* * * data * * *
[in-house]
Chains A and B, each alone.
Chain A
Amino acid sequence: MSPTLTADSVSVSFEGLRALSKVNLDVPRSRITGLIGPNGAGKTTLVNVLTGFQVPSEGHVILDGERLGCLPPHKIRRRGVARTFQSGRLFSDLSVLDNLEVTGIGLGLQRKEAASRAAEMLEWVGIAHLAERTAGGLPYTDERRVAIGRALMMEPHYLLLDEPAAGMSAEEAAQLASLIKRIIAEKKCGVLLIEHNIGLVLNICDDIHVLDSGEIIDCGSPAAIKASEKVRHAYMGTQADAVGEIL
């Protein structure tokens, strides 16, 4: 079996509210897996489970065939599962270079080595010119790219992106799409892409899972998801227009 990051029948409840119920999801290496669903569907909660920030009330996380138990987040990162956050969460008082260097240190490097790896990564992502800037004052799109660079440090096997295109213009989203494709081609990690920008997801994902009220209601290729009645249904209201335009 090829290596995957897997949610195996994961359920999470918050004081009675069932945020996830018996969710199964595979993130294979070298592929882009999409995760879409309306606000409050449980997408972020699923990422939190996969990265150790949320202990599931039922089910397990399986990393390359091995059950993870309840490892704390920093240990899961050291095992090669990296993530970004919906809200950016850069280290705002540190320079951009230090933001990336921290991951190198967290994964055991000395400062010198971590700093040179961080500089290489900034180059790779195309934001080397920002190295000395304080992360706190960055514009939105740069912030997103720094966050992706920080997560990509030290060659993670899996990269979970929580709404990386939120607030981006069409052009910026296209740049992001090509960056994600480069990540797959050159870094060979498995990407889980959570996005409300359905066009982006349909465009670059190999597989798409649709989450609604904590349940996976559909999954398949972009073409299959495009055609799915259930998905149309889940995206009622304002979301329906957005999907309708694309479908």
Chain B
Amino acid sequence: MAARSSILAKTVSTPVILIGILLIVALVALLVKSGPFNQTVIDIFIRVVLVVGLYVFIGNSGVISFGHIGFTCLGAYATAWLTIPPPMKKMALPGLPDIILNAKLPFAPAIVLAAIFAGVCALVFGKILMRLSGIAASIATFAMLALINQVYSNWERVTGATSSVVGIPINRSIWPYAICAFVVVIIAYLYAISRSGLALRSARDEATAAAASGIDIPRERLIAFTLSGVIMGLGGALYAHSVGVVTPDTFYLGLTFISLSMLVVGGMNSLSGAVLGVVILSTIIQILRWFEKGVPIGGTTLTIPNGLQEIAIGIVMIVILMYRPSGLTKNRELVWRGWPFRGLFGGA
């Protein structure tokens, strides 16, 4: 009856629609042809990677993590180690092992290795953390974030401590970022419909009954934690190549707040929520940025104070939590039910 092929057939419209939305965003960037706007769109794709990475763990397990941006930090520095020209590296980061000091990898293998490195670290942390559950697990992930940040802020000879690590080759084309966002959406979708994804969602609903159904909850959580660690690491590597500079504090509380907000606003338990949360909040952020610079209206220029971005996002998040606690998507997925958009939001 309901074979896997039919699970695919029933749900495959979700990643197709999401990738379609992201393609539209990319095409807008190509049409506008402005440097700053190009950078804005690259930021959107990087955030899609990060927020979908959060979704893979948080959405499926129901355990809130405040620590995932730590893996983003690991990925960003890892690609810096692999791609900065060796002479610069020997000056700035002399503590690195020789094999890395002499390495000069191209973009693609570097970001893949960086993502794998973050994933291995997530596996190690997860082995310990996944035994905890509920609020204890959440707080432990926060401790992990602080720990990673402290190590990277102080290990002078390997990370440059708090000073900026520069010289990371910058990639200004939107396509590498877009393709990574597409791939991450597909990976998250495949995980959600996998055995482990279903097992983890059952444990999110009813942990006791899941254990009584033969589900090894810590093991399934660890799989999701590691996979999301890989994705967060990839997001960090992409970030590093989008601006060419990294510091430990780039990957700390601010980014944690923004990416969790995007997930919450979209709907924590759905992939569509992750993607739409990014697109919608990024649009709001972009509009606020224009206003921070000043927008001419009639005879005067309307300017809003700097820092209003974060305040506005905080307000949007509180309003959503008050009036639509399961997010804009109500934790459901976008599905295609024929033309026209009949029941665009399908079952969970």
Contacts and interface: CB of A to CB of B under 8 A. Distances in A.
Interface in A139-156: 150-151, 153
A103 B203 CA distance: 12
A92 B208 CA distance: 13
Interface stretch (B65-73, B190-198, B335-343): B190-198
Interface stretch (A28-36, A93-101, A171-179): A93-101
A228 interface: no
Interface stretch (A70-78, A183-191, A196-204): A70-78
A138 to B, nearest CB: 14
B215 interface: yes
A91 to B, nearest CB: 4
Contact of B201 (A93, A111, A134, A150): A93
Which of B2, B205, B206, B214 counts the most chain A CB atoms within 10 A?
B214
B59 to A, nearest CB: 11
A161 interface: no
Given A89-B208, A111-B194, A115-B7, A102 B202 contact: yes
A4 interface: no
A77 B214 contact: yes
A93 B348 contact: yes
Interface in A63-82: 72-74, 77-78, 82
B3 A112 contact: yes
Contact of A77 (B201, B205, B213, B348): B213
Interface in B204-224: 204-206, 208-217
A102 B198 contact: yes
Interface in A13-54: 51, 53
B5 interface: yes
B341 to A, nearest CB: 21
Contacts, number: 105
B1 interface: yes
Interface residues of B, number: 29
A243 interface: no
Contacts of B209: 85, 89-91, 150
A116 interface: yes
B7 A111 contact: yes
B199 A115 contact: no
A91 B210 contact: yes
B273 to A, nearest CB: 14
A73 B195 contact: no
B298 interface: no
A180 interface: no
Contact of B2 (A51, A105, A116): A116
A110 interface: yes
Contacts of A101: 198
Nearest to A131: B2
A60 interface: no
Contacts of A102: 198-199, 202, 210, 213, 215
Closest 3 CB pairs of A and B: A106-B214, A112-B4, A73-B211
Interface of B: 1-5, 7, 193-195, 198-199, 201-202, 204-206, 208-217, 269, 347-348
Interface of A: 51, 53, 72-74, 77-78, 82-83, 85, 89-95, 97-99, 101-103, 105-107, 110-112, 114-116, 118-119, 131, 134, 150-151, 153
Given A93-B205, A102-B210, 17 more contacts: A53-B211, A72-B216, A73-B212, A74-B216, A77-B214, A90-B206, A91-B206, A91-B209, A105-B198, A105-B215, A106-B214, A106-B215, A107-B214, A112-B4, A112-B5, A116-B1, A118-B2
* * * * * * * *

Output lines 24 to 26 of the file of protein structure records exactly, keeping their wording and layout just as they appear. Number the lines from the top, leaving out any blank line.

A161 interface: no
Given A89-B208, A111-B194, A115-B7, A102 B202 contact: yes
A4 interface: no